4. Designing and establishing systems of regulations takes a great deal of time and effort.
The experience of all the countries we have studied, as well as the example of other sorts of regulation in the United States demonstrates that establishing a new system of oversight or regulation requires a lot of time, and several distinct political steps. The British HFEA was established six years after its creation was proposed to parliament. The Canadian system has been over seven years in the making. The process generally requires a proposal from an advisory body, discussions in the legislature, with input and comment from industry and the public, and a process of negotiation and legislation.
5. In the United States, existing institutions appear to be insufficient to handle the questions raised by the new biotechnologies.
From the cursory review we have been able to undertake to date, it is unlikely that any existing institution, or combination of institutions (the FDA, the NIH, the RAC, IRBs, or the USPTO), has both the authority and the ability to respond fully to the public's various ethical concerns regarding the new biotechnologies or to undertake the task of regulation. And it further seems that the scope, mission, and culture of each of the existing institutions would make it difficult for that institution to take on such new regulatory missions. More likely, new institutions are required.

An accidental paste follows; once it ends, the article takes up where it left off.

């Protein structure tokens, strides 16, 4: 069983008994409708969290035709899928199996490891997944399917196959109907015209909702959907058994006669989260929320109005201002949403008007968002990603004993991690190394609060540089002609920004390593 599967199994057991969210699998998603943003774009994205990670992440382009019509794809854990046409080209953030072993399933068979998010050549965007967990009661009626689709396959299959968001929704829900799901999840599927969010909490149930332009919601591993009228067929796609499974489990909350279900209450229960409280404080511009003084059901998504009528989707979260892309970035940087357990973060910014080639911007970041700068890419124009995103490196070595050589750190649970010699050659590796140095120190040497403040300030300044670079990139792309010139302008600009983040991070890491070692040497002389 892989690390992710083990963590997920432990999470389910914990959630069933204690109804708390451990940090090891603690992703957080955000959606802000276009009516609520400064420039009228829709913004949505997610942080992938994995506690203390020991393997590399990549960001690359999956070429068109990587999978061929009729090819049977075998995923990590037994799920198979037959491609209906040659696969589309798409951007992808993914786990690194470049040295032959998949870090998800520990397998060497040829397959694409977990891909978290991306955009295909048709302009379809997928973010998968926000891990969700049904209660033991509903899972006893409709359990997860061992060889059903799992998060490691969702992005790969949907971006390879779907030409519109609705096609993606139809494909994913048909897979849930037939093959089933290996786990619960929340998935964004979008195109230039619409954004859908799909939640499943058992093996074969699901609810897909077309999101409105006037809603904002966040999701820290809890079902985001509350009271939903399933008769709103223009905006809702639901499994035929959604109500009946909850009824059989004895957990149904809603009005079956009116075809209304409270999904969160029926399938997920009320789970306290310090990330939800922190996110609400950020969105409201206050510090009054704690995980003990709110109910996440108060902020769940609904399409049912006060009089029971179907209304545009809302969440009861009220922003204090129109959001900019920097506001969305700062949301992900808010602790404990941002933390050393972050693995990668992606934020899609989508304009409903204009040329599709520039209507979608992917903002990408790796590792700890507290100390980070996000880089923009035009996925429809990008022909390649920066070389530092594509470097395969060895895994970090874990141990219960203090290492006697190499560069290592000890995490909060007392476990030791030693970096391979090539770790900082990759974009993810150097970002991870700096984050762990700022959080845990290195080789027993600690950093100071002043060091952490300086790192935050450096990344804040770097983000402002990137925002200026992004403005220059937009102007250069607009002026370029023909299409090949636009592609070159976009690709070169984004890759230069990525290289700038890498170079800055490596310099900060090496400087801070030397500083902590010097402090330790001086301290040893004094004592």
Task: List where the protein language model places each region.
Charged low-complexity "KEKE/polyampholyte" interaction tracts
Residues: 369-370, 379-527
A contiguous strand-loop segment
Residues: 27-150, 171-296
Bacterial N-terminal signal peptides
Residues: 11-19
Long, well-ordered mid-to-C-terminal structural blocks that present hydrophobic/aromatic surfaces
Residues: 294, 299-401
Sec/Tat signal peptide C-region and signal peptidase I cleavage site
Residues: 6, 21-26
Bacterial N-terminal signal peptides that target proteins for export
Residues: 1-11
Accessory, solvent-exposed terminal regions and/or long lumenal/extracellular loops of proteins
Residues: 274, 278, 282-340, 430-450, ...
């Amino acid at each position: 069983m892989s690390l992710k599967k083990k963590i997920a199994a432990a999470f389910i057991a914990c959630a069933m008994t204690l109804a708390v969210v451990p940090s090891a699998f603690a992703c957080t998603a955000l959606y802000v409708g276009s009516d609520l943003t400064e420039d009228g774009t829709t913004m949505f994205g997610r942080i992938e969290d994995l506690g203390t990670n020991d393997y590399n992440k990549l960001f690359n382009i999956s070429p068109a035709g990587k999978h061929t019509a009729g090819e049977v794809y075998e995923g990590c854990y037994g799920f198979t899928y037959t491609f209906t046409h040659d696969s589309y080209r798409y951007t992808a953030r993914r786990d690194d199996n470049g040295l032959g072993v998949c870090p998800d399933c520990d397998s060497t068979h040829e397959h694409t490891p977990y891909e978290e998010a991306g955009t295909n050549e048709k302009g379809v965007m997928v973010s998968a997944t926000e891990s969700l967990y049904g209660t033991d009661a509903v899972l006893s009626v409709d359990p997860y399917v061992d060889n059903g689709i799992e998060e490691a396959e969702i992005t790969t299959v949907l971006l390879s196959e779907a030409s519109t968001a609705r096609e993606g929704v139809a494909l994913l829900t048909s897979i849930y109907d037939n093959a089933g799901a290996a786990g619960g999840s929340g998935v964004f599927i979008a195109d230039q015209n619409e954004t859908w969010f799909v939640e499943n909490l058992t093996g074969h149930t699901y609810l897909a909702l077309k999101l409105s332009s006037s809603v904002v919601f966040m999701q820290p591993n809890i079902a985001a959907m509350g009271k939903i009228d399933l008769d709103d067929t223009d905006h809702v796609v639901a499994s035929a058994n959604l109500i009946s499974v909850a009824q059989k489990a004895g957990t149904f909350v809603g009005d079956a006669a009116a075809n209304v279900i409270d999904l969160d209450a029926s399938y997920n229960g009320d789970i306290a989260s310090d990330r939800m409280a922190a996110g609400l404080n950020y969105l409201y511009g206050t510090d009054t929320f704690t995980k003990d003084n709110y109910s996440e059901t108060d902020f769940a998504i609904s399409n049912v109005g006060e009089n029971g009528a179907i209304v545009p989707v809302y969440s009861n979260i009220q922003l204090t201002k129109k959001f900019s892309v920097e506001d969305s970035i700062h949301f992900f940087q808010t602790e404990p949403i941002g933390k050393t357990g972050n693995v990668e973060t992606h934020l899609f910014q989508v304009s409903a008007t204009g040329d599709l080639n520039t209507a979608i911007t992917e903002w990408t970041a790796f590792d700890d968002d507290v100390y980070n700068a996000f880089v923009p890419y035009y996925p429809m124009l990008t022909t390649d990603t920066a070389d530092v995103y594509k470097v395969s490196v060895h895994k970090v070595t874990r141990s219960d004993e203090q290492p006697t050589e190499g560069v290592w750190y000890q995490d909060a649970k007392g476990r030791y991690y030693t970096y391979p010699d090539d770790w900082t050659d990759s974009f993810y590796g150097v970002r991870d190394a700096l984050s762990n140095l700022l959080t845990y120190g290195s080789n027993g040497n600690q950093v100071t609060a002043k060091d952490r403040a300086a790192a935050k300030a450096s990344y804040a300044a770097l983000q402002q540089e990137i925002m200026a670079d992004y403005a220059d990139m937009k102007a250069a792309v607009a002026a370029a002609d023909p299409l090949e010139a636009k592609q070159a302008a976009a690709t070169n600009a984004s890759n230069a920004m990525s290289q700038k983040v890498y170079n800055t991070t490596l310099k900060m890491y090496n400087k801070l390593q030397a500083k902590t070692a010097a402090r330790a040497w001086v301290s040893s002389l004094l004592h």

How to Proceed?
Work on suggesting new regulatory institutions will have to begin from the very earliest stages. The purpose, form, authority and scope of the system would have to be discussed and some general outlines might emerge for further development by others. In terms of how Council work might proceed, a number of possibilities present themselves, which may be pursued separately or simultaneously:
a.) A formal subcommittee of the Council may be formed, consisting of any members who wish to take part and devote their time to the project. The Subcommittee, supported by staff, would be dedicated to exploring the regulatory issues and would be charged with presenting a document or general outline to be considered by the whole Council by a specified date.
b.) Council staff may be charged with the task of presenting the Council with a general outline or options by a specified date. The staff may be tasked with exploring possible models, seeking comment and advice from industry, experts and scholars, and developing a proposal. This staff work may be specifically directed by the subcommittee on regulation (should the Council decide to form one).